The US Coast Guard has issued new requirements which state that fingerprint identification is a must for entering high-risk facilities around the country.
The changes mean that electronic fingerprint identification will be required for seafarers and terminal operators seeking unescorted access at 525 high-risk maritime facilities across the United States.
Issued in a so-called “final rule”, the rules require owners and operators of certain vessels and facilities regulated by the Coast Guard to conduct electronic inspections of biometrics-enabled Transportation Worker Identification Credentials (TWICs) as an access control measure.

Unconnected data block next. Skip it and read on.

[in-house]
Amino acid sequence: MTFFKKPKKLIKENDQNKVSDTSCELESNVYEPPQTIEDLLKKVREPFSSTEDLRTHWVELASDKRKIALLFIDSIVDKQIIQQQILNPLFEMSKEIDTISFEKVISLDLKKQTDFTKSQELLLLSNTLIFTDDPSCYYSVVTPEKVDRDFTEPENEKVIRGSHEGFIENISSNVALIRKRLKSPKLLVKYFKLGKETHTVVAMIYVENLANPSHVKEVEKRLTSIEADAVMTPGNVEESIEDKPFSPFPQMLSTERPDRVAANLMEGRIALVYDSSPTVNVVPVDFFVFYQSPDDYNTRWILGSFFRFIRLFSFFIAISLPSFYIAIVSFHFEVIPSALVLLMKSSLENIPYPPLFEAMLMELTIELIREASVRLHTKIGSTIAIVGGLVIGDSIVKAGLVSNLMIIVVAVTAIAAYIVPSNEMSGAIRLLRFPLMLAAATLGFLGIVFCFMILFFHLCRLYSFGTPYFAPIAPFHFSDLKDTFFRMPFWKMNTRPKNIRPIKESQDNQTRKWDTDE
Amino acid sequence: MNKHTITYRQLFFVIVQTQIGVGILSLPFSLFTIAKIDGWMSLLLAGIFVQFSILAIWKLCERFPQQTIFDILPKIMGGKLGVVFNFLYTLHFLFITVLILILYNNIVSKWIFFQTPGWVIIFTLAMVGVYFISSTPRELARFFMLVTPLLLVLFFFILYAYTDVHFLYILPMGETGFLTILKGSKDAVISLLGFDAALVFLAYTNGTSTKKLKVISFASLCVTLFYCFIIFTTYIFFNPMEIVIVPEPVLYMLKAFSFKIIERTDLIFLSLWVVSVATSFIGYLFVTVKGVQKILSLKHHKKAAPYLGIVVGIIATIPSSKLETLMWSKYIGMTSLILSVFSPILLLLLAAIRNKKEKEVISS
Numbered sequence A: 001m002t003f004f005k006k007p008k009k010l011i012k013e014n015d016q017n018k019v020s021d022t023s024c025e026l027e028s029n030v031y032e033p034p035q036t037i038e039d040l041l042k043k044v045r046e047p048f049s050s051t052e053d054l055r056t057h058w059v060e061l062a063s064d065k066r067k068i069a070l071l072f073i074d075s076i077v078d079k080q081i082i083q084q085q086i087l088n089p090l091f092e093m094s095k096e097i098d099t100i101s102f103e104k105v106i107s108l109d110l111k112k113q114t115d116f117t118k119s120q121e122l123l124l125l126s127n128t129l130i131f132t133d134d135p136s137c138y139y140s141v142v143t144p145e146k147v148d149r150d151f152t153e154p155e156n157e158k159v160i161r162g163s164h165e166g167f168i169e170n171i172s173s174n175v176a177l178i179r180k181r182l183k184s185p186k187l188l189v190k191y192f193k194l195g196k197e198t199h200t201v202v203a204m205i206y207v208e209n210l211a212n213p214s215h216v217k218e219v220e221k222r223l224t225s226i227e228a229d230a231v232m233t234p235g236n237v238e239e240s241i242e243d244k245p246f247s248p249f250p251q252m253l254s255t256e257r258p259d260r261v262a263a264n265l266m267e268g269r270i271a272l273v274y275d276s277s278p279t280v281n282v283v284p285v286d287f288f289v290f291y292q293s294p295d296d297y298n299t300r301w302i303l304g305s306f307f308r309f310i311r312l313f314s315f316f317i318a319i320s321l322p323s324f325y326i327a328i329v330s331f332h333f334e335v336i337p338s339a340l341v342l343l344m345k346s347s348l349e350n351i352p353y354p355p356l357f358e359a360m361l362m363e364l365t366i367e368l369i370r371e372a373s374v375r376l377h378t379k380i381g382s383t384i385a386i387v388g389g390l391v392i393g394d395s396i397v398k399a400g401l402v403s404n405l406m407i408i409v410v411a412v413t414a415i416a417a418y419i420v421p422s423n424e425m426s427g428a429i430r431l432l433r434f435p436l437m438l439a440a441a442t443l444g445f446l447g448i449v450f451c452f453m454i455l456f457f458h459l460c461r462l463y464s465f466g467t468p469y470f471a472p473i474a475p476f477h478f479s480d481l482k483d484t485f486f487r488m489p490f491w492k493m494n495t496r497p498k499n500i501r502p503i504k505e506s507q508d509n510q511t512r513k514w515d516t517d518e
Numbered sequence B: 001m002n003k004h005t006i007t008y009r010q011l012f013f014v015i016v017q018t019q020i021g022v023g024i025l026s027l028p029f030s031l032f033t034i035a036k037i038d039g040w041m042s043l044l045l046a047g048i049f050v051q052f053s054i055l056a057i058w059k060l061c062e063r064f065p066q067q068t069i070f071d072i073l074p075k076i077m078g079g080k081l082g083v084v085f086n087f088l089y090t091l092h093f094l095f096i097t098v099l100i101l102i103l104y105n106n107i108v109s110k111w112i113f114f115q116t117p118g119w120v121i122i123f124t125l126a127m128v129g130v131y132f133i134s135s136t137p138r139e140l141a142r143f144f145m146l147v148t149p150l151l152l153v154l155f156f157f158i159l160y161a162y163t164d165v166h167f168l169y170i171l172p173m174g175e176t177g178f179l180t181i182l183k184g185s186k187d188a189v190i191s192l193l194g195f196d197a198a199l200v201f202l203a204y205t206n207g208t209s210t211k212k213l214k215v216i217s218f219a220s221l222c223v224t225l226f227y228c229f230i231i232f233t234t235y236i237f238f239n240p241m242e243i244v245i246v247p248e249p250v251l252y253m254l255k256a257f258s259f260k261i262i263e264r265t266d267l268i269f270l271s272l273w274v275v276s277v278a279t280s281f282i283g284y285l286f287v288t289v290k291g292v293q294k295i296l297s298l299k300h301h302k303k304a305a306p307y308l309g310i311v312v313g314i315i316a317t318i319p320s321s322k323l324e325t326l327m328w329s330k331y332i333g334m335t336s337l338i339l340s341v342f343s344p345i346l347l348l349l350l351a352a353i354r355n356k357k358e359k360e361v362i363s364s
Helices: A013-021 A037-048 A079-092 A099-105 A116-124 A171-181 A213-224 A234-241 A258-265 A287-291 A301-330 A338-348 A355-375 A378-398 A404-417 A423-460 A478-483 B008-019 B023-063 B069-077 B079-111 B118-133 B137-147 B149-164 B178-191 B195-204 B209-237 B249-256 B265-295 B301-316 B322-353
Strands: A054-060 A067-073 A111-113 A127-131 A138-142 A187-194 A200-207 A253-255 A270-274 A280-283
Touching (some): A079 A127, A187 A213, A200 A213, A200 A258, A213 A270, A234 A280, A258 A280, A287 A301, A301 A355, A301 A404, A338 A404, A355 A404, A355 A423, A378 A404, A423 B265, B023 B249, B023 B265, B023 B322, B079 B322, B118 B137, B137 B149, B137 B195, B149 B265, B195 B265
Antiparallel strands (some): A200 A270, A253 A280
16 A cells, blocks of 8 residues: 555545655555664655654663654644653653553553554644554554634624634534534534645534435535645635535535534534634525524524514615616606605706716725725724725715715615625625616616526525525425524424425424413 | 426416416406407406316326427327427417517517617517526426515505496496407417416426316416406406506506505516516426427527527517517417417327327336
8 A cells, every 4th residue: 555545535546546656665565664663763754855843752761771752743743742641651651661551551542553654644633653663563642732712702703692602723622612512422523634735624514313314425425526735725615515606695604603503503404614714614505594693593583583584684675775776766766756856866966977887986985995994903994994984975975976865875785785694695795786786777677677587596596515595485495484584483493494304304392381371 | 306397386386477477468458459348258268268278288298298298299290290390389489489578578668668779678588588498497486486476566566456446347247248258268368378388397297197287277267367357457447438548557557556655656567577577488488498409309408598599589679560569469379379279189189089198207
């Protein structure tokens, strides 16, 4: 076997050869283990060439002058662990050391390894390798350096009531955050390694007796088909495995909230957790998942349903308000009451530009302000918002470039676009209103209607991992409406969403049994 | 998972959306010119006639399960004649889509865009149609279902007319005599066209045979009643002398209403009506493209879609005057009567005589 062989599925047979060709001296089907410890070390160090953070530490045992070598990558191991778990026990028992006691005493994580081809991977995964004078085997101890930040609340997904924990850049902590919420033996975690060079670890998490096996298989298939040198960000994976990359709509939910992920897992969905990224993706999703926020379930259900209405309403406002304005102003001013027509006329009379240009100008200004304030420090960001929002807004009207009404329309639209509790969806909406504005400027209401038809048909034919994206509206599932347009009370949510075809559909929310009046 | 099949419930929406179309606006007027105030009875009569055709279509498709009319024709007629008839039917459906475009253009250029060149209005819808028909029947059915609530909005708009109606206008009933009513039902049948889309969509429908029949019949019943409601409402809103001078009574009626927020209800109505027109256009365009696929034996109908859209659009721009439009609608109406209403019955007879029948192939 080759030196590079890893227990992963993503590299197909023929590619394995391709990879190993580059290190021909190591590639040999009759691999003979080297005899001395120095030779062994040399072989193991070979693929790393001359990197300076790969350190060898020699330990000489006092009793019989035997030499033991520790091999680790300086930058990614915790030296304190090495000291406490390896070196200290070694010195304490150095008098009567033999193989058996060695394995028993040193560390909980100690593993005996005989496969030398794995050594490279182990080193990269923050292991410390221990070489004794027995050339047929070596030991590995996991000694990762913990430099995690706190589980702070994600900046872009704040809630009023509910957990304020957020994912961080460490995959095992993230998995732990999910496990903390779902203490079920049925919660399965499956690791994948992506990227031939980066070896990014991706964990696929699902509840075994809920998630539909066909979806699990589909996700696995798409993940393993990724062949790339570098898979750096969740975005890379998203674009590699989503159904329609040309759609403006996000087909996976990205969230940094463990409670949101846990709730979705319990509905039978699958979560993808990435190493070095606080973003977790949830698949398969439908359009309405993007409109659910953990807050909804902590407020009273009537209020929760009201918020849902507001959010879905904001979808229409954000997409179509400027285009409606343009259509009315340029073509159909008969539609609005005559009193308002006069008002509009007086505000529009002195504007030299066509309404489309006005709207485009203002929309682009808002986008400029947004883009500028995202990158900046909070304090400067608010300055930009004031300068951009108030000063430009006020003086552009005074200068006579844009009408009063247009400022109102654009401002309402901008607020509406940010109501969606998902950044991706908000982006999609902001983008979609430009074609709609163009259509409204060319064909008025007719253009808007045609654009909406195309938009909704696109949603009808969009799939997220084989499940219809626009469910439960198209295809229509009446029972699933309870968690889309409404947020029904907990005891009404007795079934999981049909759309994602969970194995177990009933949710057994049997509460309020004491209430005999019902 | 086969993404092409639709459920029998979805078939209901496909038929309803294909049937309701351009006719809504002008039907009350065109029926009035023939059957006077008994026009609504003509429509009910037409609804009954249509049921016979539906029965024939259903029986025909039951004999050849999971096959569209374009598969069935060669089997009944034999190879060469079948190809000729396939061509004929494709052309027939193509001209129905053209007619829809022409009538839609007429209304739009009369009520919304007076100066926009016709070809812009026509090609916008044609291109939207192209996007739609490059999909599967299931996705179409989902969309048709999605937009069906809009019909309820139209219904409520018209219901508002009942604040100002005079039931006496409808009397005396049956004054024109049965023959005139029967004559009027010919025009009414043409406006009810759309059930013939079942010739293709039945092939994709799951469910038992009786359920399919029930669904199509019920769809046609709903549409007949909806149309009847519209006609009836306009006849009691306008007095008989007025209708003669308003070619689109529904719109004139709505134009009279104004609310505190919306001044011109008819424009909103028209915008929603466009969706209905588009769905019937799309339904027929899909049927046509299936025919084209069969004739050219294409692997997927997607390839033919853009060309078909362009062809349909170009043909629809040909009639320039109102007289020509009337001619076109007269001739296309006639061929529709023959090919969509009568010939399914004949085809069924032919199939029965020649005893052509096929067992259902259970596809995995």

Previously, only a visual inspection was required in certain facilities.
Essentially, DHS requires that a security guard examines the security features (hologram and watermark) embedded on the surface of the credential, checks the expiration date listed on the card, and compares the photograph to the person presenting the credential. While this system of “visual TWIC inspection” provides some benefits, it does not address all security concerns, nor does it make full use of the security features contained in the TWIC, the USCG writes in the final rule.
The body estimates the annualized cost of this final rule to be approximately $22.5 million, while the 10-year cost is $157.9 million, discounted at 7 percent.
This final rule also implements recordkeeping requirements and security plan amendments that would incorporate these TWIC requirements.